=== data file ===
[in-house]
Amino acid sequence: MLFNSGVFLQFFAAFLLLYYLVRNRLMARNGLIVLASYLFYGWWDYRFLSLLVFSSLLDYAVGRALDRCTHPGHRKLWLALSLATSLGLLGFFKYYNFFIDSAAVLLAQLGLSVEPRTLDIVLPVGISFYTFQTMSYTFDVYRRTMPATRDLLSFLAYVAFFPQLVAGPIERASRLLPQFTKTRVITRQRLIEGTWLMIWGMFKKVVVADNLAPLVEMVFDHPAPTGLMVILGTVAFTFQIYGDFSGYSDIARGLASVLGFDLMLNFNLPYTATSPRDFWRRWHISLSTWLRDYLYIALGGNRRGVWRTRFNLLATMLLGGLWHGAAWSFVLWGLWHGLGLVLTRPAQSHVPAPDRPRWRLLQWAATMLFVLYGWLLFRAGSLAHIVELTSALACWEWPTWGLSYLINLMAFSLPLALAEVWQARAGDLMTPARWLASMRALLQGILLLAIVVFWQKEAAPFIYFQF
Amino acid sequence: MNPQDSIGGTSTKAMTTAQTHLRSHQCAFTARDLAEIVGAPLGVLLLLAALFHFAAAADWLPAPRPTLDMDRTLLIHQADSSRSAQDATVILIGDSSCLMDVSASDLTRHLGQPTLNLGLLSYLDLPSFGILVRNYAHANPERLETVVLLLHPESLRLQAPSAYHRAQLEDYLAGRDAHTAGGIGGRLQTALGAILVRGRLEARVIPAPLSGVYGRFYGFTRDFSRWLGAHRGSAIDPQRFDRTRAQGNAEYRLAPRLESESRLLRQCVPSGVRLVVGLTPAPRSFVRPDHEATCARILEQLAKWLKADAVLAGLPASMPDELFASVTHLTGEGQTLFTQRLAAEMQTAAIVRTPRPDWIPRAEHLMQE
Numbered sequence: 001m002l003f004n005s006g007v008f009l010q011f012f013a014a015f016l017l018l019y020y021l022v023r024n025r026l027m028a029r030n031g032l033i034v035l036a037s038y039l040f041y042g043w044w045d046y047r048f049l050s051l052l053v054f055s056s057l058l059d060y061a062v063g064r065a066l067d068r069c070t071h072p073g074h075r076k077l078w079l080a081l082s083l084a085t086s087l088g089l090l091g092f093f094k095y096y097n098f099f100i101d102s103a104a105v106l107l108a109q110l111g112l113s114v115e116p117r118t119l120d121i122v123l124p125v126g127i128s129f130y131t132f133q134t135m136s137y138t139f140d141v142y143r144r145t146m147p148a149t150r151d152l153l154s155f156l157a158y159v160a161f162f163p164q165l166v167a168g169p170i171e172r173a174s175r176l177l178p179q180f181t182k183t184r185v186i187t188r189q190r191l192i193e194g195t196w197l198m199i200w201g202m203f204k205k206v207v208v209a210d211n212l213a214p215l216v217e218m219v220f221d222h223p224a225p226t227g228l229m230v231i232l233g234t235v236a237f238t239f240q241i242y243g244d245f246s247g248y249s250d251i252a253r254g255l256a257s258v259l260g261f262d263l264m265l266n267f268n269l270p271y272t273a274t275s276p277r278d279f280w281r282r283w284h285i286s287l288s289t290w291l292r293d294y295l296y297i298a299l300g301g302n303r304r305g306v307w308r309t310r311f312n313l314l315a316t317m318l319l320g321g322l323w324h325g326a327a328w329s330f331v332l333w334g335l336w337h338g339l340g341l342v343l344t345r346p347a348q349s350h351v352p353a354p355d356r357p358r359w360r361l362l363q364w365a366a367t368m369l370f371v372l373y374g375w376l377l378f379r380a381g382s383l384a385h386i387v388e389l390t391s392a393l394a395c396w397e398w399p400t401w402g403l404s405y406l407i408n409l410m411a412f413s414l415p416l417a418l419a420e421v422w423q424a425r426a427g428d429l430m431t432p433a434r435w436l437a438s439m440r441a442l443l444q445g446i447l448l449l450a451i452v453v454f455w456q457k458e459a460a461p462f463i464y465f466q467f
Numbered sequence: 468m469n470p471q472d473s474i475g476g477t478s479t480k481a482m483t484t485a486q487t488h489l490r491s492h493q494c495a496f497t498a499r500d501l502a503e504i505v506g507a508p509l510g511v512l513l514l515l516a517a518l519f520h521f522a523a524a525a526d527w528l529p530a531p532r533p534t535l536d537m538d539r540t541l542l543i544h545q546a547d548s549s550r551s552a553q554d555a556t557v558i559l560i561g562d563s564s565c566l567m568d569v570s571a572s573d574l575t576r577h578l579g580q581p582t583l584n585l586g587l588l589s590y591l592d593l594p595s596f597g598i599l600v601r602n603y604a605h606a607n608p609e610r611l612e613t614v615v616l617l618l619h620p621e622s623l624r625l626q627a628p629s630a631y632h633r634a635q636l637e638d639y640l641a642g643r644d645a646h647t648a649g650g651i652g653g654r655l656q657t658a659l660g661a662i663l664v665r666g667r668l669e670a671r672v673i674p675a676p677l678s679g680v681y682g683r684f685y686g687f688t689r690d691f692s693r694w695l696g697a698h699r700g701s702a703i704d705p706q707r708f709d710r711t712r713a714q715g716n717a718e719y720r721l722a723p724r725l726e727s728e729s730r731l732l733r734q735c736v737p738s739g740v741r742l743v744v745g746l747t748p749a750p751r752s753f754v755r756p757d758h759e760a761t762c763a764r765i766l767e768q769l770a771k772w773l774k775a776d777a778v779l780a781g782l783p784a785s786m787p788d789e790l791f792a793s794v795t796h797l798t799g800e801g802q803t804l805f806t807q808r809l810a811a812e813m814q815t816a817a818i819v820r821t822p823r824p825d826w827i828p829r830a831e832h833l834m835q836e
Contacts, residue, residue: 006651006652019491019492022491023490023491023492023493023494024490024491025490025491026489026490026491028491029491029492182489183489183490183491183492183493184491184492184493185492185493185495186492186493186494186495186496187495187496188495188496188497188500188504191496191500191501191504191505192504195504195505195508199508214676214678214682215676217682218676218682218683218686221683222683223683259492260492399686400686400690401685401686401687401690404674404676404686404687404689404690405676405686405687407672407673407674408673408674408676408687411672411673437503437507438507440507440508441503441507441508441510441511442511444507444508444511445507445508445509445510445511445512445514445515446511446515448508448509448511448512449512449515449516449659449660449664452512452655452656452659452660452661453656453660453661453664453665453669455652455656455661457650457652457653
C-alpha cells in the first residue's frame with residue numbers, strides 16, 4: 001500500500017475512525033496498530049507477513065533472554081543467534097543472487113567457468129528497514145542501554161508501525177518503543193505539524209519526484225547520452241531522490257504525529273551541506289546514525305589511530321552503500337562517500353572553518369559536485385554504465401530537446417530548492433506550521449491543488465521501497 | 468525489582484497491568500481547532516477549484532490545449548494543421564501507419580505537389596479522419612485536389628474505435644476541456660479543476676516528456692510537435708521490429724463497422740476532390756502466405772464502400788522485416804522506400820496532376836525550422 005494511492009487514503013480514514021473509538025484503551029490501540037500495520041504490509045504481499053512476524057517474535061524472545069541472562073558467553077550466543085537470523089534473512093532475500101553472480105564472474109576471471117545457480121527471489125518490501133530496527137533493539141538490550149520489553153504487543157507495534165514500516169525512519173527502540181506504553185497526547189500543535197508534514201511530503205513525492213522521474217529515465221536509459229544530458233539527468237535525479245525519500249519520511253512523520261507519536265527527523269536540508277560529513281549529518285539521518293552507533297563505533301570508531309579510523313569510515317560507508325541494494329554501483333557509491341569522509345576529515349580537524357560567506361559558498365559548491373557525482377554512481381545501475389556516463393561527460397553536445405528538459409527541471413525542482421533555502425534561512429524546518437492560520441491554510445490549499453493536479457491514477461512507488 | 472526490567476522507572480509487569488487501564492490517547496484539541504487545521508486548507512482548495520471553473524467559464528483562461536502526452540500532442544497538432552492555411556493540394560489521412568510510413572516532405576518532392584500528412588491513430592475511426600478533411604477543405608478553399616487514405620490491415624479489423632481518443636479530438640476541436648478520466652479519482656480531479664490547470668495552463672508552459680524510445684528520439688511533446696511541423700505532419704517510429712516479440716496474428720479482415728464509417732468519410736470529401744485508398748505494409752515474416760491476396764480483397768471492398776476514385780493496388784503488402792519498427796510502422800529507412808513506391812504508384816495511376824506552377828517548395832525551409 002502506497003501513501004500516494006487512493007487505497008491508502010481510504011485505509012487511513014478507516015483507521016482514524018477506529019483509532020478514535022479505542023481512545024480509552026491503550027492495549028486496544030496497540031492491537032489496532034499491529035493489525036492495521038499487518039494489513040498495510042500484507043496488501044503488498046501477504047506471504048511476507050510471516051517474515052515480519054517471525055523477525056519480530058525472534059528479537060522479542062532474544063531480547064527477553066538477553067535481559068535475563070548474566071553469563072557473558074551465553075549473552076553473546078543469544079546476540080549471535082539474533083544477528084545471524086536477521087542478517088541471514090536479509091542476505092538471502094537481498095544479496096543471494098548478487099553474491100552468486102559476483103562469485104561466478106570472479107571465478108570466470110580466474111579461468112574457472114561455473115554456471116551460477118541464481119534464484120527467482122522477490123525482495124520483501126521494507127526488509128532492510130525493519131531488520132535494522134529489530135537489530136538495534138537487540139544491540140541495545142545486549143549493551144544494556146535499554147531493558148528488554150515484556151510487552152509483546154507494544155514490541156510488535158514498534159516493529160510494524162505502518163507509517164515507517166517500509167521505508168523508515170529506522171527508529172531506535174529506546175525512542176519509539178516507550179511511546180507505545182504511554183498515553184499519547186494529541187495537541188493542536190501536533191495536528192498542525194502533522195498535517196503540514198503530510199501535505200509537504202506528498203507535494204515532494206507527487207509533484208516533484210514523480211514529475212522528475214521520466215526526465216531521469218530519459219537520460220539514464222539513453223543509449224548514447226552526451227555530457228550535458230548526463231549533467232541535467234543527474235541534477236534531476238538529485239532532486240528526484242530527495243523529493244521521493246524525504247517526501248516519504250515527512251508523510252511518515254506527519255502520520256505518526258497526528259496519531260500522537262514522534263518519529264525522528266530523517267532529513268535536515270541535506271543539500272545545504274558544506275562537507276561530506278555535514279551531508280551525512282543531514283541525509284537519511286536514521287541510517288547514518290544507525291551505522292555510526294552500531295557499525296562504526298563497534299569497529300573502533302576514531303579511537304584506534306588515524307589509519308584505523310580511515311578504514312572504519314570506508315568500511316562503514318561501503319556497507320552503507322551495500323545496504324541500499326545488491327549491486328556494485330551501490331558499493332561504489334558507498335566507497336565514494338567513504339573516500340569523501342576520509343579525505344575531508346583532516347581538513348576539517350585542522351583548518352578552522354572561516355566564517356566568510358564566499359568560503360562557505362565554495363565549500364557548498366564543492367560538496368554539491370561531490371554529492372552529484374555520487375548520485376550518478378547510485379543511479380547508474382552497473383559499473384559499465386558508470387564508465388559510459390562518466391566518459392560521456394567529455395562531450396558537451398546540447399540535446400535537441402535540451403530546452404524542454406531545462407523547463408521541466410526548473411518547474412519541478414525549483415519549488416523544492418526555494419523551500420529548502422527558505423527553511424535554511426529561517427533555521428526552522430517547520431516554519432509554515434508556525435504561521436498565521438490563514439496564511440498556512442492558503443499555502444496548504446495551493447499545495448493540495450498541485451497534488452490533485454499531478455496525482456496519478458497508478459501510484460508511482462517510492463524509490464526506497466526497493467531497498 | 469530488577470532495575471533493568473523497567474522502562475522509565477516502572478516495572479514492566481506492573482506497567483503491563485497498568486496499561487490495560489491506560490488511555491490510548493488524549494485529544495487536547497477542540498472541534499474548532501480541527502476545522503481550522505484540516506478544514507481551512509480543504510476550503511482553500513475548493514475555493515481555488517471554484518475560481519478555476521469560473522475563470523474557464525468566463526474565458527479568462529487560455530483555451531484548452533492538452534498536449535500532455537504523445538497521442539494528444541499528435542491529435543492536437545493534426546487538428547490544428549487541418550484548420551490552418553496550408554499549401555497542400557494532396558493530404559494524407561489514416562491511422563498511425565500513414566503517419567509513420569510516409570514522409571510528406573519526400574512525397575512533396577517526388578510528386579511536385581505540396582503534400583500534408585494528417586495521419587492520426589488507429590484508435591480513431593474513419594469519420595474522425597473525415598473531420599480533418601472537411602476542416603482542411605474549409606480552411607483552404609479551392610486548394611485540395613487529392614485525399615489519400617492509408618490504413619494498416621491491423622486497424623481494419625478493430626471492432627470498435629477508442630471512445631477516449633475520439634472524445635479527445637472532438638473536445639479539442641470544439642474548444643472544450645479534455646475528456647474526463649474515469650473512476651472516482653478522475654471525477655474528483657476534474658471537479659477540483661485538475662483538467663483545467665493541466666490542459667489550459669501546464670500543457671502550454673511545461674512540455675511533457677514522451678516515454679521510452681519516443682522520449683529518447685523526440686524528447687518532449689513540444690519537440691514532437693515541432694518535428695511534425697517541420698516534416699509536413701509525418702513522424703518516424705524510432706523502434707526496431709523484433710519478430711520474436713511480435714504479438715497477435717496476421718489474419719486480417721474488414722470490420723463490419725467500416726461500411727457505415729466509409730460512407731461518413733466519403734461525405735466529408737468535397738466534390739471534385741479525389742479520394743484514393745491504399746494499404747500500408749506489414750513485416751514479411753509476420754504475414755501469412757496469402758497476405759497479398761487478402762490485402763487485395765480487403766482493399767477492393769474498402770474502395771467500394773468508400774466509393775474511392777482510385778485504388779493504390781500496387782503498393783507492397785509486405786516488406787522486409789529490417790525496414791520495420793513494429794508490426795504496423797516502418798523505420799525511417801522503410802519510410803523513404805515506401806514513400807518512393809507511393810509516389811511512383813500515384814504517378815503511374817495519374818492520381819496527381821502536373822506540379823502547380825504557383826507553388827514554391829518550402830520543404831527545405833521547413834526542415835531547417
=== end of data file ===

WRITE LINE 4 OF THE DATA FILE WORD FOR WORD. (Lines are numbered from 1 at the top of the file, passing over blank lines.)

Numbered sequence: 001m002l003f004n005s006g007v008f009l010q011f012f013a014a015f016l017l018l019y020y021l022v023r024n025r026l027m028a029r030n031g032l033i034v035l036a037s038y039l040f041y042g043w044w045d046y047r048f049l050s051l052l053v054f055s056s057l058l059d060y061a062v063g064r065a066l067d068r069c070t071h072p073g074h075r076k077l078w079l080a081l082s083l084a085t086s087l088g089l090l091g092f093f094k095y096y097n098f099f100i101d102s103a104a105v106l107l108a109q110l111g112l113s114v115e116p117r118t119l120d121i122v123l124p125v126g127i128s129f130y131t132f133q134t135m136s137y138t139f140d141v142y143r144r145t146m147p148a149t150r151d152l153l154s155f156l157a158y159v160a161f162f163p164q165l166v167a168g169p170i171e172r173a174s175r176l177l178p179q180f181t182k183t184r185v186i187t188r189q190r191l192i193e194g195t196w197l198m199i200w201g202m203f204k205k206v207v208v209a210d211n212l213a214p215l216v217e218m219v220f221d222h223p224a225p226t227g228l229m230v231i232l233g234t235v236a237f238t239f240q241i242y243g244d245f246s247g248y249s250d251i252a253r254g255l256a257s258v259l260g261f262d263l264m265l266n267f268n269l270p271y272t273a274t275s276p277r278d279f280w281r282r283w284h285i286s287l288s289t290w291l292r293d294y295l296y297i298a299l300g301g302n303r304r305g306v307w308r309t310r311f312n313l314l315a316t317m318l319l320g321g322l323w324h325g326a327a328w329s330f331v332l333w334g335l336w337h338g339l340g341l342v343l344t345r346p347a348q349s350h351v352p353a354p355d356r357p358r359w360r361l362l363q364w365a366a367t368m369l370f371v372l373y374g375w376l377l378f379r380a381g382s383l384a385h386i387v388e389l390t391s392a393l394a395c396w397e398w399p400t401w402g403l404s405y406l407i408n409l410m411a412f413s414l415p416l417a418l419a420e421v422w423q424a425r426a427g428d429l430m431t432p433a434r435w436l437a438s439m440r441a442l443l444q445g446i447l448l449l450a451i452v453v454f455w456q457k458e459a460a461p462f463i464y465f466q467f